- Describe the Solution: Ashley’s nonverbals show students exactly what they need to do to fix their behavior as opposed to focusing on what they weren’t doing. They make it easy for the student to follow her directions (a downward gesture to signal hands down, folded hands to suggest the student sit in STAR, etc.). Since they’re so clear, Ashley doesn’t have to take time to stop, clarify what she meant, and then restart her lesson. She can deliver them while maintaining the thread of her instruction, which sets her up to avoid the “death spiral” that Doug referred to in his recent FB post.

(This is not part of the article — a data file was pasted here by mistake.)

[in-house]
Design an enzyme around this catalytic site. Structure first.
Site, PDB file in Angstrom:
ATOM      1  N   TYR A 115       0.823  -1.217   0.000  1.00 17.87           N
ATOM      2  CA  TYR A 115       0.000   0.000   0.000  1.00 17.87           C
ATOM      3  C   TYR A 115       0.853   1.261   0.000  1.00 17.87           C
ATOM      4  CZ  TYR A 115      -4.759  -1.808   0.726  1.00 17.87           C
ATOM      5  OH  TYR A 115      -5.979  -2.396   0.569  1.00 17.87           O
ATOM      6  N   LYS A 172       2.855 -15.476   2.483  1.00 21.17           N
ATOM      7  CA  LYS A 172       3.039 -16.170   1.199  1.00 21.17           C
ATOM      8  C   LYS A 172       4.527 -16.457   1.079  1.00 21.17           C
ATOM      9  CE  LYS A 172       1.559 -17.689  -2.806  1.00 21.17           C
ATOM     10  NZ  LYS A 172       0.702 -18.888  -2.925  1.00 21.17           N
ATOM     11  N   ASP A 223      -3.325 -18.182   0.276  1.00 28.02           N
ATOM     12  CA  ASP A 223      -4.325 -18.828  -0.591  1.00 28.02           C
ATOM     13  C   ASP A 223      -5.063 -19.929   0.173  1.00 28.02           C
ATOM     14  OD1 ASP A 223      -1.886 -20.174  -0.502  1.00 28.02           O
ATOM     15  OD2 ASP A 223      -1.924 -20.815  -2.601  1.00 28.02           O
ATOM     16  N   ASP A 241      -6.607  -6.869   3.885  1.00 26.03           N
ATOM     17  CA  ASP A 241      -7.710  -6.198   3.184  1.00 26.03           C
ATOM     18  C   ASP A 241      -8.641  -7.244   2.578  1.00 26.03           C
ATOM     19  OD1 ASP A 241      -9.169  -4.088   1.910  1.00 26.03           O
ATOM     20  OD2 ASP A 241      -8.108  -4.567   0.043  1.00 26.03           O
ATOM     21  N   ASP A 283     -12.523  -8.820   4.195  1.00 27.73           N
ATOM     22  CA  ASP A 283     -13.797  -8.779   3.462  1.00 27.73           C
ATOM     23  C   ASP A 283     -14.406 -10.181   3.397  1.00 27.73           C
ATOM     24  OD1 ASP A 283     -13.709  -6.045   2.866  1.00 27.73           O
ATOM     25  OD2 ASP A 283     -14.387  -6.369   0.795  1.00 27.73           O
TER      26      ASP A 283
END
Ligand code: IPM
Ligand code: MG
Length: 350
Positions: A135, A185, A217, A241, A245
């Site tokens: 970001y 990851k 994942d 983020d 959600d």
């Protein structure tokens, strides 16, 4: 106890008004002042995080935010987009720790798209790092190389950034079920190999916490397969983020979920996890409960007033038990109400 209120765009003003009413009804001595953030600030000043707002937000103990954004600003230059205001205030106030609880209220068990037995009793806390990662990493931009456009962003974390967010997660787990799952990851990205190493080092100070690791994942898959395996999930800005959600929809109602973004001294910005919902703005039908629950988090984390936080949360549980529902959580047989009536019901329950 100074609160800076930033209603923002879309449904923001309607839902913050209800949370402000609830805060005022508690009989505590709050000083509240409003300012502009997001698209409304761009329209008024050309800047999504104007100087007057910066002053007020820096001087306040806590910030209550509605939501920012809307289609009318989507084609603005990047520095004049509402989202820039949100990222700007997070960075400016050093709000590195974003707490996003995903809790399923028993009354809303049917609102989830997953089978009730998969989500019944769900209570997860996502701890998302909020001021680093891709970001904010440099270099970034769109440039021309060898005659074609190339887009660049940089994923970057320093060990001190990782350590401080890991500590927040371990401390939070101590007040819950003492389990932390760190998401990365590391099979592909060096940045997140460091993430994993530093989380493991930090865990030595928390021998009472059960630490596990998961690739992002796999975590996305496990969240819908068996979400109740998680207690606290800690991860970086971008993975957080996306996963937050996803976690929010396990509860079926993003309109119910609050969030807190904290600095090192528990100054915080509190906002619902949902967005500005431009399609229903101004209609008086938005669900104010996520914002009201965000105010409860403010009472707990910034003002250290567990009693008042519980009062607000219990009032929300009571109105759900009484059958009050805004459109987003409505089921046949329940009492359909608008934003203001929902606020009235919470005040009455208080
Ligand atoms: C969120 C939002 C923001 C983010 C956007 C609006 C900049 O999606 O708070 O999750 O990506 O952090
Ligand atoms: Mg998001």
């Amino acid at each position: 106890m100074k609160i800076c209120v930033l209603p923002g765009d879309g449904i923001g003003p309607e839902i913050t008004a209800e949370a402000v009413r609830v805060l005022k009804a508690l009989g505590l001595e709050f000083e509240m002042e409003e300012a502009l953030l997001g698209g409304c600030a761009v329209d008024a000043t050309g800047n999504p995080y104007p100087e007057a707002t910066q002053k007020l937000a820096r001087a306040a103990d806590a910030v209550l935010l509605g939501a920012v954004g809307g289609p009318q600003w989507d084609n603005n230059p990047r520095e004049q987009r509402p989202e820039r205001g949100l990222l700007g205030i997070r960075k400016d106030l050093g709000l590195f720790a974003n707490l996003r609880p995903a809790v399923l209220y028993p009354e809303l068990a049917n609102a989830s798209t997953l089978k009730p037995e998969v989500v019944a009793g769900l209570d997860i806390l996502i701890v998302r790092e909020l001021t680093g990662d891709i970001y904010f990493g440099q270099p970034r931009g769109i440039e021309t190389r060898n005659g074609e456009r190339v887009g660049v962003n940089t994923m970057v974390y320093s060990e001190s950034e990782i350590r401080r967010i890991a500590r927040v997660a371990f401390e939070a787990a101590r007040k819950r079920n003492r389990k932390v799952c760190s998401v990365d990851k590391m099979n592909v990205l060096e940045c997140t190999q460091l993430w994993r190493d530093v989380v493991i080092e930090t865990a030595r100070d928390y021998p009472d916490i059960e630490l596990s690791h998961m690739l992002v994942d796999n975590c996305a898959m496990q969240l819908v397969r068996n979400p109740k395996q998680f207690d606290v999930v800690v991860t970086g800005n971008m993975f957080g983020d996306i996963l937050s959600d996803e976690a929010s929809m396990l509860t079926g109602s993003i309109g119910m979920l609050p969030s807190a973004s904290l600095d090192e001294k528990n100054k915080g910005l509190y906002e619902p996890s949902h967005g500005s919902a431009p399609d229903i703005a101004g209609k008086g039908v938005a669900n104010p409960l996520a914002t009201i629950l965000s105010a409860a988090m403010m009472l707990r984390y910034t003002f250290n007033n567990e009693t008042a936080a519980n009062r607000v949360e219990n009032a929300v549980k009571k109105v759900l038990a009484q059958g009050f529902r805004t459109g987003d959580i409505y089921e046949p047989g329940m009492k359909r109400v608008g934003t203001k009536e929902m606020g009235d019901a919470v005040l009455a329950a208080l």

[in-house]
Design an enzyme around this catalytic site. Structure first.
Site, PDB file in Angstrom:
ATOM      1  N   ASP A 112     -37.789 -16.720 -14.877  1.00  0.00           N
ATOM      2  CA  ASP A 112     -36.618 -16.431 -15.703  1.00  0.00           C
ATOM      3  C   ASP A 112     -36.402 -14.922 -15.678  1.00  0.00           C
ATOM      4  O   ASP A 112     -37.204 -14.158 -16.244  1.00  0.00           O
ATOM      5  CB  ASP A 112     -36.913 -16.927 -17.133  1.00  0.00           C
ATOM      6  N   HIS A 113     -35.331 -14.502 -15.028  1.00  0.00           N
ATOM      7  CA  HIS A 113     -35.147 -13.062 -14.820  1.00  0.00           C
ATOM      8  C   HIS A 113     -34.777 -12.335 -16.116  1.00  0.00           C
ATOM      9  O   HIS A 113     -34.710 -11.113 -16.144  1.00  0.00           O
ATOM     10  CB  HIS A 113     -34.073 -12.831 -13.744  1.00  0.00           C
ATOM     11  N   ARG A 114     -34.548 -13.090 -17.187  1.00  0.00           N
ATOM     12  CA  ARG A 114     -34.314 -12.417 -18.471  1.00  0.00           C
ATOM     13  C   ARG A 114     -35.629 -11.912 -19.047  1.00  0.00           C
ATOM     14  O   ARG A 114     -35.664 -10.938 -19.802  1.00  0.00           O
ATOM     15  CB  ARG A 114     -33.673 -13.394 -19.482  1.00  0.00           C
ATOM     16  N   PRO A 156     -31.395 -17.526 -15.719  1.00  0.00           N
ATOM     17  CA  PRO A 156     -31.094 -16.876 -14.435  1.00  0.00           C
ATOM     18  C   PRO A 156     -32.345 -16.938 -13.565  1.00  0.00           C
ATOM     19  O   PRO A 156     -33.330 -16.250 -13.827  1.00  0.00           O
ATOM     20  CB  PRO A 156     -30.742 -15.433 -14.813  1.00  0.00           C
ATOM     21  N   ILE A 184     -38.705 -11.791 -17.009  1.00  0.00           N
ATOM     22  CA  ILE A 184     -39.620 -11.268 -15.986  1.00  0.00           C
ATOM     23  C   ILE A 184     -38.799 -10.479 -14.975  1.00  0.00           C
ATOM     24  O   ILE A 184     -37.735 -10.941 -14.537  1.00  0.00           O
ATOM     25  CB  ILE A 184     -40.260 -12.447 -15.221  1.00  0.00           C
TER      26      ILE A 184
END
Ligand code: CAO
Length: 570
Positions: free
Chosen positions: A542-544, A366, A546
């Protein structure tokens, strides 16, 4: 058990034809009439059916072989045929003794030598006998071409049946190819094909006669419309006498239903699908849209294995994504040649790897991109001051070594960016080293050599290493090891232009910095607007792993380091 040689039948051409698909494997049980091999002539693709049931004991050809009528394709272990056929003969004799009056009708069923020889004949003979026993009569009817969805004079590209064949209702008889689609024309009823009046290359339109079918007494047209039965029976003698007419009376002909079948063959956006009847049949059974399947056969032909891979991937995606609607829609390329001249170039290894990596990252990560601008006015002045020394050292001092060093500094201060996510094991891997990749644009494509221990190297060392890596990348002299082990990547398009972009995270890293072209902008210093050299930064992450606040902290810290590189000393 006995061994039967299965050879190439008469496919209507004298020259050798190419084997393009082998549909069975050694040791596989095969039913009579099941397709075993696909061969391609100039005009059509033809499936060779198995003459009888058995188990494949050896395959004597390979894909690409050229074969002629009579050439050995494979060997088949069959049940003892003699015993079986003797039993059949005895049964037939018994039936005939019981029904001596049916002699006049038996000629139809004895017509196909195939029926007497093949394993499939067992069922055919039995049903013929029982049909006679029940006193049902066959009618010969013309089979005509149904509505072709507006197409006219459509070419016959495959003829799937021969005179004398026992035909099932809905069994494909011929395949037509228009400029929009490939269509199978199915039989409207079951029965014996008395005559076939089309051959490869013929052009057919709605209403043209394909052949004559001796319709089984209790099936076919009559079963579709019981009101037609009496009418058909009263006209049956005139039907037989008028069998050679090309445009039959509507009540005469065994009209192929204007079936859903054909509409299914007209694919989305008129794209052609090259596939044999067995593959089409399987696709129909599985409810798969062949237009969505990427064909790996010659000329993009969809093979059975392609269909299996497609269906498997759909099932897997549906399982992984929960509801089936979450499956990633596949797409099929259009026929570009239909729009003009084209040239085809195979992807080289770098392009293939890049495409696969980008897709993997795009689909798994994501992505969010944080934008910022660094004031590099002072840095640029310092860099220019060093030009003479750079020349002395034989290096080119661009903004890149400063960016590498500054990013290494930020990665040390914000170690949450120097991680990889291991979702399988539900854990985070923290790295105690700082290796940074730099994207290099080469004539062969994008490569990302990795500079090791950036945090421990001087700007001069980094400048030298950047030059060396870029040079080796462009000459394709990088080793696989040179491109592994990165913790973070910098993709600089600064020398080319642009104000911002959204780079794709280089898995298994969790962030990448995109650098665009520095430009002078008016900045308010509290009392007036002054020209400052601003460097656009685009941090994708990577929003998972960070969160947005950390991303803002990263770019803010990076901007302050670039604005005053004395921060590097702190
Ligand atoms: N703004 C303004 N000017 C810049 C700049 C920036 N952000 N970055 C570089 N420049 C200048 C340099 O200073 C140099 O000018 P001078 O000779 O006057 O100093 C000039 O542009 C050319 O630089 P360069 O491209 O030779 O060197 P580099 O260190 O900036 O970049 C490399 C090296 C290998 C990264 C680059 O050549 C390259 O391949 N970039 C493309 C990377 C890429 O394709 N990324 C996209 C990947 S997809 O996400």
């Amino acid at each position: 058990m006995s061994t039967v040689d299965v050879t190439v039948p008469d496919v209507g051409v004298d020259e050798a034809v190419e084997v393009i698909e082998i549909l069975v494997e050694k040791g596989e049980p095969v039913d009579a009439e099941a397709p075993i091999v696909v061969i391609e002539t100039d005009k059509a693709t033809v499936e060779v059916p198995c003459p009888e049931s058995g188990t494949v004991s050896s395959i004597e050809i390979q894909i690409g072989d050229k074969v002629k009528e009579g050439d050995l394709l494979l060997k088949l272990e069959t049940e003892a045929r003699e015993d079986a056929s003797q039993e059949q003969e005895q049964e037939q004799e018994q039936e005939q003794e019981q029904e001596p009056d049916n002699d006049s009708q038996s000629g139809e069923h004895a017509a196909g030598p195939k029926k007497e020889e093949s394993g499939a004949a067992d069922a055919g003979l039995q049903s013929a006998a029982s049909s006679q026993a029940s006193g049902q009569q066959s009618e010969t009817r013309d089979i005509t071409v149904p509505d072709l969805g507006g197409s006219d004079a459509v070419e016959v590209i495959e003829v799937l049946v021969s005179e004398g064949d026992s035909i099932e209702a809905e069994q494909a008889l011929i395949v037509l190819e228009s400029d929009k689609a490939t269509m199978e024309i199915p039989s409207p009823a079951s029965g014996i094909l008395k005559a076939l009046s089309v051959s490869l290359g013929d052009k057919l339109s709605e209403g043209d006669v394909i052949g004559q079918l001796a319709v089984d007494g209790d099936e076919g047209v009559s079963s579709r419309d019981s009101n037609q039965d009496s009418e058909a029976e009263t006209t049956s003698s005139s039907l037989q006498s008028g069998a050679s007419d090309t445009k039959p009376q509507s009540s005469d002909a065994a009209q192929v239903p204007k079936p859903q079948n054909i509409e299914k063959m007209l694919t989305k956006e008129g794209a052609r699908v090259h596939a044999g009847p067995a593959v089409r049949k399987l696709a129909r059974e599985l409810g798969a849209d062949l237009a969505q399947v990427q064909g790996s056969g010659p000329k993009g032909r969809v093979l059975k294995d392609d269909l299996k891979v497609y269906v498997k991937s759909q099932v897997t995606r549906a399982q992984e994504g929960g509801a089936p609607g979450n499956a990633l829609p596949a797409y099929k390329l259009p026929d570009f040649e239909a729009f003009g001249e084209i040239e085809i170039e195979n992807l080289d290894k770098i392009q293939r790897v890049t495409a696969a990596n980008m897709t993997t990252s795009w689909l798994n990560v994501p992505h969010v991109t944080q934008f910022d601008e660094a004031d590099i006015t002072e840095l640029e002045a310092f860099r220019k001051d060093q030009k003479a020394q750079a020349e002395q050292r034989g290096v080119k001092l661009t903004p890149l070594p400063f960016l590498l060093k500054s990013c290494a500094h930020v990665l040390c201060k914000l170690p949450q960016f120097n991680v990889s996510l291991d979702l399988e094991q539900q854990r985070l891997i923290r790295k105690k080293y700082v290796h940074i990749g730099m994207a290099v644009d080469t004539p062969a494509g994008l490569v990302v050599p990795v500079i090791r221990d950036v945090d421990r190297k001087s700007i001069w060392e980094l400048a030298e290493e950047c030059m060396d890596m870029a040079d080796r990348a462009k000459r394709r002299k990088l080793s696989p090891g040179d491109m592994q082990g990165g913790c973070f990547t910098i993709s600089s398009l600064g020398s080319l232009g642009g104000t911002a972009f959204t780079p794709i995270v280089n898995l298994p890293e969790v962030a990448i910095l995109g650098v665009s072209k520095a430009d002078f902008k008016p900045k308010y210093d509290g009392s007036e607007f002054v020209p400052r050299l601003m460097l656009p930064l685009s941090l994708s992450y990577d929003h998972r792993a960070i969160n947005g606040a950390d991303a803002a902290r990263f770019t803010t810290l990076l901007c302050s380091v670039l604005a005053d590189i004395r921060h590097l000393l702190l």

- Systematic: Ashley uses the same nonverbals to correct specific behaviors, which makes it easier for students to follow them. Additionally, it’s clear that Ashley’s corrections are universal and impersonal. She doesn’t single students out, but rather, nonverbally corrects many different students at various points throughout her lesson. When she delivers nonverbals, students don’t even flinch because they’ve grown to expect (positive) correction when they’ve erred.
Anyway, it’s pretty exciting ot be a part of an organization that takes teachers, the work of teaching and the process of getting better together so seriously.